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Mount Shavano and Tabeguache Peak


One of the most easily-accessible trailheads in Chaffee County leads to two of Colorado's famous 14ers.

Hiking Extreme

17 km
1.6 km
1.6 km
6-7 hrs
Low Point
3 km
High Point
4.3 km
Mount Shavano and Tabeguache Peak Map

Chaffee County, Colorado boasts the most mountain peaks over 14,000 feet of any county in the lower 48 states. The closest 14er trailhead to the county seat, located in the bustling mountain town of Salida, is the starting point for this hike. Known as the Mount Shavano or Blank's Cabin Trailhead, the route mapped here is actually a two-for-one: you'll summit both Mount Shavano and Tabeguache Peak, bagging two of Chaffee County's most accessible 14ers in one hike.


The mountains in the Sawatch Range, of which Shavano and Tabeguache are a part, are renowned for being massive piles of rubble. By that, hikers mean the rock and dirt on these mountains is usually loose and crumbly, with the summits consisting of big boulders and scree fields. The climb up to Shavano is no exception, with a heavily-eroded climb straight up the mountainside.

Once the trail breaks out into the alpine, it traverses the mountainside before gaining a ridge. From there, it follows the ridge up to the 14,229-foot summit of Mount Shavano, offering panoramic views of the Arkansas Valley and surrounding Sawatch Range.

If you've already had a full day, it's best to turn around here and head straight down. But if you've gotten an early enough start that you think you can make it to Tabeguache Peak, back to Shavano, and back and down below treeline before noon (when the afternoon thunderstorms generally roll in), then you can add in the second peak as well.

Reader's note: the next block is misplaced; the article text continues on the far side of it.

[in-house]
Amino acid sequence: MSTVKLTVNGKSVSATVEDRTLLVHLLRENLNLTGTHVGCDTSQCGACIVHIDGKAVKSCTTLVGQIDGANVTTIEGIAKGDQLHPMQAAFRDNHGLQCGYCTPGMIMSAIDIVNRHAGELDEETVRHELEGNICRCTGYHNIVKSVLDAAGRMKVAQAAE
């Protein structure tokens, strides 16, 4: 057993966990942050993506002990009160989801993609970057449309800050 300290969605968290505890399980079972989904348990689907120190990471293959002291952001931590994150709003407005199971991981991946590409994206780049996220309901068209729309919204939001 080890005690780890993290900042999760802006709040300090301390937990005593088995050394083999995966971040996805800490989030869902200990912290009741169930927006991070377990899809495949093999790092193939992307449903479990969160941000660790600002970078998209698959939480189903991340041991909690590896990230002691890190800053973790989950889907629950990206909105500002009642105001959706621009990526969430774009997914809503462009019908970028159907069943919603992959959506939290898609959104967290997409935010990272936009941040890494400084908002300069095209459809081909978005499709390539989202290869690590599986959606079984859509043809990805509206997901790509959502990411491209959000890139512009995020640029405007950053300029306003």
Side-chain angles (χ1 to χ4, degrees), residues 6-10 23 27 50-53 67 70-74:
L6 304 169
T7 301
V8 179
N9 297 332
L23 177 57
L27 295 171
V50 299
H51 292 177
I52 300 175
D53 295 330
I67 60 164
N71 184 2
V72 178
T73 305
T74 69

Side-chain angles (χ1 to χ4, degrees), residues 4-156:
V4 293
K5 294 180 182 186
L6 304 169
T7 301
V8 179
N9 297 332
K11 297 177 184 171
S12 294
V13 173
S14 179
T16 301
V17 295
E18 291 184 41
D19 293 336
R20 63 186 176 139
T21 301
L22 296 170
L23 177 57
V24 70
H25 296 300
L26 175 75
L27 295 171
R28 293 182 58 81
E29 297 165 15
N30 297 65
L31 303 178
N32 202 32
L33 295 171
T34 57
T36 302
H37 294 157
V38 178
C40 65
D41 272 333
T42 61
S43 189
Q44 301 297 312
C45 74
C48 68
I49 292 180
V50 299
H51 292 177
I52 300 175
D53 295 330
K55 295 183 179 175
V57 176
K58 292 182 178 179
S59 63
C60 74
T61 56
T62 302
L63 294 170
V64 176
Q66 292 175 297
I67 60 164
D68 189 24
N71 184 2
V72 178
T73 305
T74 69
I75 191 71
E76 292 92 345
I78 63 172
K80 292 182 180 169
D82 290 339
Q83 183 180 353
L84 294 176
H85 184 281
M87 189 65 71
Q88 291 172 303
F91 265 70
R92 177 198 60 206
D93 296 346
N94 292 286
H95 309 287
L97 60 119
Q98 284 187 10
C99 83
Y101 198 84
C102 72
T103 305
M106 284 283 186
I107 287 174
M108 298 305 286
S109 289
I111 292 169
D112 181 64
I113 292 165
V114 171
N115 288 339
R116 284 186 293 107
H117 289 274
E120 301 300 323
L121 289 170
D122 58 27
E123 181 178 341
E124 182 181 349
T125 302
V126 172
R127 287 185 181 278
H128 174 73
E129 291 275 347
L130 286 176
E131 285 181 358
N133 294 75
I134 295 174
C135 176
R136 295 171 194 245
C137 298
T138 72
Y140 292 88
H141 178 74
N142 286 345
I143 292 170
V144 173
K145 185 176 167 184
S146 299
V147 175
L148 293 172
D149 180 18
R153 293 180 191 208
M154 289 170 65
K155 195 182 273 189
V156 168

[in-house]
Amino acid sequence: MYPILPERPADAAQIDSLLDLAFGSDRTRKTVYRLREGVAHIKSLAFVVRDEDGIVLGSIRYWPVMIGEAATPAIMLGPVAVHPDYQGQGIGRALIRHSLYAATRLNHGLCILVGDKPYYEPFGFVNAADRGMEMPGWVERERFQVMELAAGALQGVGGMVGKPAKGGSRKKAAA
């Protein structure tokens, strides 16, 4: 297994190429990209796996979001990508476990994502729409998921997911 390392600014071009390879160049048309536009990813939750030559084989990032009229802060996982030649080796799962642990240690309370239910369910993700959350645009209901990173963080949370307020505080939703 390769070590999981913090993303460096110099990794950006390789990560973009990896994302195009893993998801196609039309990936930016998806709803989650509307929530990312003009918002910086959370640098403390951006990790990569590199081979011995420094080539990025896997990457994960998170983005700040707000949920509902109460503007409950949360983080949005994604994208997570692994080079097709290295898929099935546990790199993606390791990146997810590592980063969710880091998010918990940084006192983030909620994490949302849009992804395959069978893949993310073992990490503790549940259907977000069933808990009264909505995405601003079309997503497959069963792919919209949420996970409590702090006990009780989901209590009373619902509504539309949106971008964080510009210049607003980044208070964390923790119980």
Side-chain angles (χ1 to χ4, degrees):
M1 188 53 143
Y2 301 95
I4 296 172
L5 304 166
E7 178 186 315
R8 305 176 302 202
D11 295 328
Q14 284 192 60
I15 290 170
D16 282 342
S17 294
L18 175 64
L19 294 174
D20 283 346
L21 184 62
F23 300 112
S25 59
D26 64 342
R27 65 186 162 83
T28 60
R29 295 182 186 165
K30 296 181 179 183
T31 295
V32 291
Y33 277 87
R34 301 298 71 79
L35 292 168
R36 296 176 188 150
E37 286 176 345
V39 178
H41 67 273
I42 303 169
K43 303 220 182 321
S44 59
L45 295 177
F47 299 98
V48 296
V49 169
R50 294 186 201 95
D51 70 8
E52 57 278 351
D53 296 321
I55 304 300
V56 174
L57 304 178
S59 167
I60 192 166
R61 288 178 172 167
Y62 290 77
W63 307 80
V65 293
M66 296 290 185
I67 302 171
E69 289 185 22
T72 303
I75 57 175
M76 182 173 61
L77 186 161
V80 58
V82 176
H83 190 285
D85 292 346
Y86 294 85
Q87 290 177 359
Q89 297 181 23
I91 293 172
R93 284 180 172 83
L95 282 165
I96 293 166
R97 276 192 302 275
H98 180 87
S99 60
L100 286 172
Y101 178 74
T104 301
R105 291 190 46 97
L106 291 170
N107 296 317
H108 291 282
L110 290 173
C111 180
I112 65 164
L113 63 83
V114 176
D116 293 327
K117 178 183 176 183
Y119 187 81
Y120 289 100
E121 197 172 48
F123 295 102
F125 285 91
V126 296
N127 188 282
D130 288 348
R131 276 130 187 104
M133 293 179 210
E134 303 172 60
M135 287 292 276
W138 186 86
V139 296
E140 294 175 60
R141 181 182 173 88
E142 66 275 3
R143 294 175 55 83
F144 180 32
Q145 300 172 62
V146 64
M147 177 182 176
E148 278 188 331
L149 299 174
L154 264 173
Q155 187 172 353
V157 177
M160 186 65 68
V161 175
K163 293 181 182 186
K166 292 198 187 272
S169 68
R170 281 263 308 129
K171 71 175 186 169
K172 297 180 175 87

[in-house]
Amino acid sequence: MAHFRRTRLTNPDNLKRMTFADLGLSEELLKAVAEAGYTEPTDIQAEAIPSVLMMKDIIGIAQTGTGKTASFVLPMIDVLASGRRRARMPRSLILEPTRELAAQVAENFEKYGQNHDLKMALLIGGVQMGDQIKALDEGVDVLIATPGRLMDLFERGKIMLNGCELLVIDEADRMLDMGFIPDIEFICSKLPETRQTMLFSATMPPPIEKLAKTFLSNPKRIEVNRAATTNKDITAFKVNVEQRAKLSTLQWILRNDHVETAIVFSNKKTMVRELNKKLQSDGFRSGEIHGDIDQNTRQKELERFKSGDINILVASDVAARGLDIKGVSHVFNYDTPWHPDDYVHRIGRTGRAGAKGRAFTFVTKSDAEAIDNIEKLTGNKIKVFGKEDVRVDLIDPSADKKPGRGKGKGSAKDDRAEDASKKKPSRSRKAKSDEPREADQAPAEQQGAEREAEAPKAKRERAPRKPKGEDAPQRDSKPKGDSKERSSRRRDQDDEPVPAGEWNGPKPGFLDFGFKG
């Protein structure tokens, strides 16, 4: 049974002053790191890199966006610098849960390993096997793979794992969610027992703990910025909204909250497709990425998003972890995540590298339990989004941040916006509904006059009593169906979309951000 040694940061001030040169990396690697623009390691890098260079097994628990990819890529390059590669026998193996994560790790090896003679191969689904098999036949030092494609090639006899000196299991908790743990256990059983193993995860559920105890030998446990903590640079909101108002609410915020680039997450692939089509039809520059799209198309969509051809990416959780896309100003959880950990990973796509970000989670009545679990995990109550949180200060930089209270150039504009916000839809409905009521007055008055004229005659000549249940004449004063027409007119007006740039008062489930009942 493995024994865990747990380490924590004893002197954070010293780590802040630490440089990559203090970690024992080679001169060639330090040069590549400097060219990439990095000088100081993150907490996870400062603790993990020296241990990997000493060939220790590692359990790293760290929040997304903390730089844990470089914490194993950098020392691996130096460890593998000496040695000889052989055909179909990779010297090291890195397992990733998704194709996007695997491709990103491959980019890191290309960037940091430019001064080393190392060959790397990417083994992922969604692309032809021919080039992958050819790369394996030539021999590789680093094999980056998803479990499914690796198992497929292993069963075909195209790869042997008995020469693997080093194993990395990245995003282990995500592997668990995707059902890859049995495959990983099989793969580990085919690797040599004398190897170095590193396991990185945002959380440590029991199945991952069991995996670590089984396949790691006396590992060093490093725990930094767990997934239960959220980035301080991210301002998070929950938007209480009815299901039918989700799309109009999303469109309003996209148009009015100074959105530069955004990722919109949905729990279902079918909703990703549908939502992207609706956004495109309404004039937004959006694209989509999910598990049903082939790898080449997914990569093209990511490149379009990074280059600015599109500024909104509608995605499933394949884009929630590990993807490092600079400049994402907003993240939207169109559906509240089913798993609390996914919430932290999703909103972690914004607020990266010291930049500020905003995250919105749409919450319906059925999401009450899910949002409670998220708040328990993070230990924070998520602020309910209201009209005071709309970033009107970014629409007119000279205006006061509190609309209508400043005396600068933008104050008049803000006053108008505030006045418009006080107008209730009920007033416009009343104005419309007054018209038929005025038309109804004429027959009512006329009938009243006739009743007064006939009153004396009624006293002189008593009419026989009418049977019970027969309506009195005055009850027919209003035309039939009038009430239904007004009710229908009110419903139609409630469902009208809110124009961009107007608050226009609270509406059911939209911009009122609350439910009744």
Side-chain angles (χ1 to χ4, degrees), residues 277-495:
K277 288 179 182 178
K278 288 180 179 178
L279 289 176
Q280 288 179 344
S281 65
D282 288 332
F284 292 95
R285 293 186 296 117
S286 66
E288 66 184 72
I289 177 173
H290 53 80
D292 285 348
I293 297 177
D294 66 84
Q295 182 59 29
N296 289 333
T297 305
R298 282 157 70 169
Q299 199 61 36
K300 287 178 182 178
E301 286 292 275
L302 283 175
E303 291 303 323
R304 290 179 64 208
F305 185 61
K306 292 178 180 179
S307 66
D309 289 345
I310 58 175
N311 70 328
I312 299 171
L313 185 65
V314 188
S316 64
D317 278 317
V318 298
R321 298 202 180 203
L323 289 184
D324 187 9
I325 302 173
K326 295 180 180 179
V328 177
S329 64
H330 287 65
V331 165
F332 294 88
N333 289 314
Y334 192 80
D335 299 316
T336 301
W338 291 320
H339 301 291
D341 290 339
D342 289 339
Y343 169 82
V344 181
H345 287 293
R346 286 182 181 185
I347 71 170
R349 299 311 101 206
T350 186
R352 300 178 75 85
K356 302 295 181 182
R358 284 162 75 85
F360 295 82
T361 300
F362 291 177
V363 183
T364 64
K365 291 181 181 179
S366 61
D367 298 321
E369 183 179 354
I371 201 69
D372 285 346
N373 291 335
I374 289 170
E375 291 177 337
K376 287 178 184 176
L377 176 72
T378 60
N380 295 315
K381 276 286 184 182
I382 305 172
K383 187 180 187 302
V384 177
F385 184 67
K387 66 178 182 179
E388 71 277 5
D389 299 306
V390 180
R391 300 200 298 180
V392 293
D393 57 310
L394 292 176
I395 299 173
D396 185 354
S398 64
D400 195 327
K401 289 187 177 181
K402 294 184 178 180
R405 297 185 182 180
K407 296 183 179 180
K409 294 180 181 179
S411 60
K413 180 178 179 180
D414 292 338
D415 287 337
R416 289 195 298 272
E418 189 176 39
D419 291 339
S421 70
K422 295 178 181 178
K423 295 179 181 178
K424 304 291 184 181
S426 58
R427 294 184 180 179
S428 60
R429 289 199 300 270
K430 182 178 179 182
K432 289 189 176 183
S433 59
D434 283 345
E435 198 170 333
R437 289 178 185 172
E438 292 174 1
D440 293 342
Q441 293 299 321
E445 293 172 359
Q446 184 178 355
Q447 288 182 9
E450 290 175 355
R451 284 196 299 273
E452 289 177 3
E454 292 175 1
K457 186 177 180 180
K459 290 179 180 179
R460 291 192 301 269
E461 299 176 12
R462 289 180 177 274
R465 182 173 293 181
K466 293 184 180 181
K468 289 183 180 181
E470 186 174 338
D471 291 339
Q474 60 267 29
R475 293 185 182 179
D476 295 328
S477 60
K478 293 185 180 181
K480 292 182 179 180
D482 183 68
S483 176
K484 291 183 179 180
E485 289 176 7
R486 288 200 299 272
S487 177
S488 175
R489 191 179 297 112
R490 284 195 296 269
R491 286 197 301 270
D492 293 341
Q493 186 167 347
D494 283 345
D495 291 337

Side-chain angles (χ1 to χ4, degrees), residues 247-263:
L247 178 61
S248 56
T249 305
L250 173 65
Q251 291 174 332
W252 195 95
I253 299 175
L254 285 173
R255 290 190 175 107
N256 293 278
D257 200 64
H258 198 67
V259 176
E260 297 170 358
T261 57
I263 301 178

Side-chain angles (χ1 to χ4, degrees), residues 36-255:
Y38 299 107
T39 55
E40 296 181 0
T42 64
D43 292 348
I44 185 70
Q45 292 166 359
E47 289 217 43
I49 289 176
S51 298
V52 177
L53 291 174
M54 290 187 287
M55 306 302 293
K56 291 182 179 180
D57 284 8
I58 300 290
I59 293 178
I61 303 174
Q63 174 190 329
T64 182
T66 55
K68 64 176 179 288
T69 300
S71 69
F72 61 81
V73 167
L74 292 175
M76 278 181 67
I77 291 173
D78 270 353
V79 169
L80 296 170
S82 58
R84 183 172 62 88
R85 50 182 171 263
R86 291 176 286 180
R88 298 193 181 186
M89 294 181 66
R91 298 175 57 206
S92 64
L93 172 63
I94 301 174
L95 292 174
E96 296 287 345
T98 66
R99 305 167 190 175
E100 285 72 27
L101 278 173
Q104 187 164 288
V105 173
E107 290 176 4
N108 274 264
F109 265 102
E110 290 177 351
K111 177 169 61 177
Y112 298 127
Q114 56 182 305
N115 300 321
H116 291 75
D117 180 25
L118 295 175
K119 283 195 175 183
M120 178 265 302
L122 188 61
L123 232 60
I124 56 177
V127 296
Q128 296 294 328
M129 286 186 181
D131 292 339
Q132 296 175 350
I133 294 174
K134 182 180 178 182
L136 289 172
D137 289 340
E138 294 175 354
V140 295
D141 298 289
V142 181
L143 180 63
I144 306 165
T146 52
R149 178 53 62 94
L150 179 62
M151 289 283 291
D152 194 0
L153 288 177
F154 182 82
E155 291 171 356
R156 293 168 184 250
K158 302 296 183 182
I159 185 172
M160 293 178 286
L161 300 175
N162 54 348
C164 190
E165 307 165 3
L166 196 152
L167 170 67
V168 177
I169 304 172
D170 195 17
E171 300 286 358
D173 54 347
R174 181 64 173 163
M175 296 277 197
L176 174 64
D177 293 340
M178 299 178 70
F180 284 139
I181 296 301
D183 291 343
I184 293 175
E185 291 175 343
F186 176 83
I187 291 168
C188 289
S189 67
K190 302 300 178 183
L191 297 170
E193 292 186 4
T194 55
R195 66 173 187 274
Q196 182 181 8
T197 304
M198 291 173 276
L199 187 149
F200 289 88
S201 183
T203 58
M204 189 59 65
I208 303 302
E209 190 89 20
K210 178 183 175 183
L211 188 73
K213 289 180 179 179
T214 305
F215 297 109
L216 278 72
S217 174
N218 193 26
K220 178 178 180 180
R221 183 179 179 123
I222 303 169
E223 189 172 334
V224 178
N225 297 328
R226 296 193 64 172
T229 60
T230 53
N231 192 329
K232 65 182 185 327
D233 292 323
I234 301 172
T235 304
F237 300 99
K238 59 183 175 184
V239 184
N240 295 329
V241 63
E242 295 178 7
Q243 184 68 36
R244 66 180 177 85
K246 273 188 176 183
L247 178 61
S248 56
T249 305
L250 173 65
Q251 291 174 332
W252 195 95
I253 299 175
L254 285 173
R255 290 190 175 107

A relatively short ridgeline traverse down and up a saddle brings you to 14,155-foot Tabeguache Peak. Once you've snapped your photos, head back to Shavano, and then down the way you came

Note that it's best to descend these mountains via the main trail on the east side of Mount Shavano. Some older shortcuts down the north and northeastern faces tend to cliff out, leading to Search and Rescue missions almost every year. Descending by an alternate route should only be attempted by well informed and experienced mountaineers.



Scrambling up mountains and along technical trails with moderate fall exposure. Handholds are necessary to navigate the trail in its entirety, although they are not necessary at all times. Some obstacles can be very large and difficult to navigate, and the grades can often be near-vertical. The challenge of the trail and the steepness of the grade results in very strenuous hiking. Hikes of this difficulty blur the lines between "hiking" and "climbing".

Medium Exposure

2 out of 4

The trail contains some obstacles such as outcroppings and rock which could cause injury.


3 out of 4

Little chance of being seen or helped in case of an accident.

Best time to visit

between July and October


  • Alpine
  • Summit Hike

Similar routes nearby

Guidebooks in this area